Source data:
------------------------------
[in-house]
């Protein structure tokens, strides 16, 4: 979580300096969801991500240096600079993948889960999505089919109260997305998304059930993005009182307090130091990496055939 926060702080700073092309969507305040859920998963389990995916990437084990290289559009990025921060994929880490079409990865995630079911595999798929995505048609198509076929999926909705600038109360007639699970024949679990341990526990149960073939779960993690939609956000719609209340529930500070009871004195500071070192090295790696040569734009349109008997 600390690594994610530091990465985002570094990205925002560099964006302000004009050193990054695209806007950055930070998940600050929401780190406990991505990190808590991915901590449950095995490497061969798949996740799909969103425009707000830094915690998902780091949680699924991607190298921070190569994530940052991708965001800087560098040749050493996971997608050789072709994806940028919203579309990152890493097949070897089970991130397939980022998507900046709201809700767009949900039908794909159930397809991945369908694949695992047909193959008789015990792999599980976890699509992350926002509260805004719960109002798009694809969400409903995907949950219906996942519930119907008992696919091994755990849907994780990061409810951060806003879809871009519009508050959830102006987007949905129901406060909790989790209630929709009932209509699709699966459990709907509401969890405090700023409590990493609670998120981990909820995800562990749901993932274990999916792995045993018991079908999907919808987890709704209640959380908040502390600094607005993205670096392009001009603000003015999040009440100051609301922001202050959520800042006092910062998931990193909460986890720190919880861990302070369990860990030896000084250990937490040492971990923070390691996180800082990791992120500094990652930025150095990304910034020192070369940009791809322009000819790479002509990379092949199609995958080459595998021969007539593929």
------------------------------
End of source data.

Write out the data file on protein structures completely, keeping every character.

[in-house]
């Protein structure tokens, strides 16, 4: 979580300096969801991500240096600079993948889960999505089919109260997305998304059930993005009182307090130091990496055939 926060702080700073092309969507305040859920998963389990995916990437084990290289559009990025921060994929880490079409990865995630079911595999798929995505048609198509076929999926909705600038109360007639699970024949679990341990526990149960073939779960993690939609956000719609209340529930500070009871004195500071070192090295790696040569734009349109008997 600390690594994610530091990465985002570094990205925002560099964006302000004009050193990054695209806007950055930070998940600050929401780190406990991505990190808590991915901590449950095995490497061969798949996740799909969103425009707000830094915690998902780091949680699924991607190298921070190569994530940052991708965001800087560098040749050493996971997608050789072709994806940028919203579309990152890493097949070897089970991130397939980022998507900046709201809700767009949900039908794909159930397809991945369908694949695992047909193959008789015990792999599980976890699509992350926002509260805004719960109002798009694809969400409903995907949950219906996942519930119907008992696919091994755990849907994780990061409810951060806003879809871009519009508050959830102006987007949905129901406060909790989790209630929709009932209509699709699966459990709907509401969890405090700023409590990493609670998120981990909820995800562990749901993932274990999916792995045993018991079908999907919808987890709704209640959380908040502390600094607005993205670096392009001009603000003015999040009440100051609301922001202050959520800042006092910062998931990193909460986890720190919880861990302070369990860990030896000084250990937490040492971990923070390691996180800082990791992120500094990652930025150095990304910034020192070369940009791809322009000819790479002509990379092949199609995958080459595998021969007539593929």